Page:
To avoid this kind of confusion, try to keep your colors incredibly distinct. And if you have more locations than you have colors of tape, consider making combinations (blue+red versus blue+yellow) that are easier to distinguish (as described above).
Post the Key
Remember, one of the benefits of color coding is to remove you (or someone) as the single traffic controller of boxes as they come off the truck. So the movers (or your friends/family) don’t have to ask you every single time where the yellow boxes go, place the color key at very visible locations like entry points (doors), stairwells, and hallways.
TIP! Making a color-coded floor plan of your new home can also help, especially if the layout is convoluted or confusing.
Don’t Skip the Matching Door Signs
Even if you create a whole-home color key or map, it’s really helpful to put the matching colors on each door/wall. Whether you print out colored squares, use colored paper, or even stretch more tape across the door (just be careful of wall paint), these visual cues help ensure the boxes land in the right spot, even if the location is forgotten along the way!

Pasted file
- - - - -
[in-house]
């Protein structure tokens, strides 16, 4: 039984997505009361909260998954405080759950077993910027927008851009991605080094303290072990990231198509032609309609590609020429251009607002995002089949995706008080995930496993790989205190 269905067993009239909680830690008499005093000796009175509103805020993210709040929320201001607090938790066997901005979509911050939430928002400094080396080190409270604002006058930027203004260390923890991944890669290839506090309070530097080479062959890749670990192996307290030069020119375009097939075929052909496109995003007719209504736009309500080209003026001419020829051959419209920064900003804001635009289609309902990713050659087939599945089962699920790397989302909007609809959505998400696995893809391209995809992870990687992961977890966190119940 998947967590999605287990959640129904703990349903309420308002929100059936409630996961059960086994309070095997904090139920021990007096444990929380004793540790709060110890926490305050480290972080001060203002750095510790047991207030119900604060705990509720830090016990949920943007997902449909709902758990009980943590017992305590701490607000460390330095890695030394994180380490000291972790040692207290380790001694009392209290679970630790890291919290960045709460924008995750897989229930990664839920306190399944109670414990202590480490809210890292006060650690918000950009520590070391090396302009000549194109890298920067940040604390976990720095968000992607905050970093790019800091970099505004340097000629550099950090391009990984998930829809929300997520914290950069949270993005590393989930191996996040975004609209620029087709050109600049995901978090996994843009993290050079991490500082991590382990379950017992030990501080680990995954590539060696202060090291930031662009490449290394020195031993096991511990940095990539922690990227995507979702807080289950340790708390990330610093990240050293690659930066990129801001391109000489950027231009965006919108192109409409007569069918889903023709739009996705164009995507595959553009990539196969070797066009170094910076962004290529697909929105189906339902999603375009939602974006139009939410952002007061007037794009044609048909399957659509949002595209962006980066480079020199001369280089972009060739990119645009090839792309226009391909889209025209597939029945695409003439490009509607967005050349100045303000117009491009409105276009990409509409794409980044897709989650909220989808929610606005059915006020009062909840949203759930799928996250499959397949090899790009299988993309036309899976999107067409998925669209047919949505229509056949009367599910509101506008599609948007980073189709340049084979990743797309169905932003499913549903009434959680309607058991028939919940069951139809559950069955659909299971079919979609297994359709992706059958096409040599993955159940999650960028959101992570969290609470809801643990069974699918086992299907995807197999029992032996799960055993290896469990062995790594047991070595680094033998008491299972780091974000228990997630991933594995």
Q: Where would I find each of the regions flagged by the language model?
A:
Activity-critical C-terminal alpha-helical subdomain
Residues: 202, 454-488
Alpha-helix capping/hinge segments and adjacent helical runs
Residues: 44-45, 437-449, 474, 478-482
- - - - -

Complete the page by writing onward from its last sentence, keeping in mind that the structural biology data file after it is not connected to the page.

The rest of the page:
Take It One Step Farther
If doing your own move, consider color coding your box inventories to match. Counting up a single color of boxes is easier and more accurate than trying to account for all of your boxes on a single list or spreadsheet. In short, organizing your entire move by color will ultimately help you track everything much more efficiently and accurately.
Printable Moving Box Inventories & Labels
This most recent move is the first time we fully, wholly embraced the color-coding concept, and I can say for certain it was a game changer! We’re officially adding “color code moving boxes” to our “Master Moving List.” The movers were able to unload the truck without any guidance from us; and I saw them actively and constantly referring to the color keys posted throughout the house. Not only did we have a really efficient move-in, but I’m confident the movers appreciated being able to do their thing without us getting in the way (they even told me so!)
If you have lots of boxes going to lots of different rooms…or even if you just have lots of helping hands…color coding is an easy process that will save you invaluable time and confusion throughout the course of your move!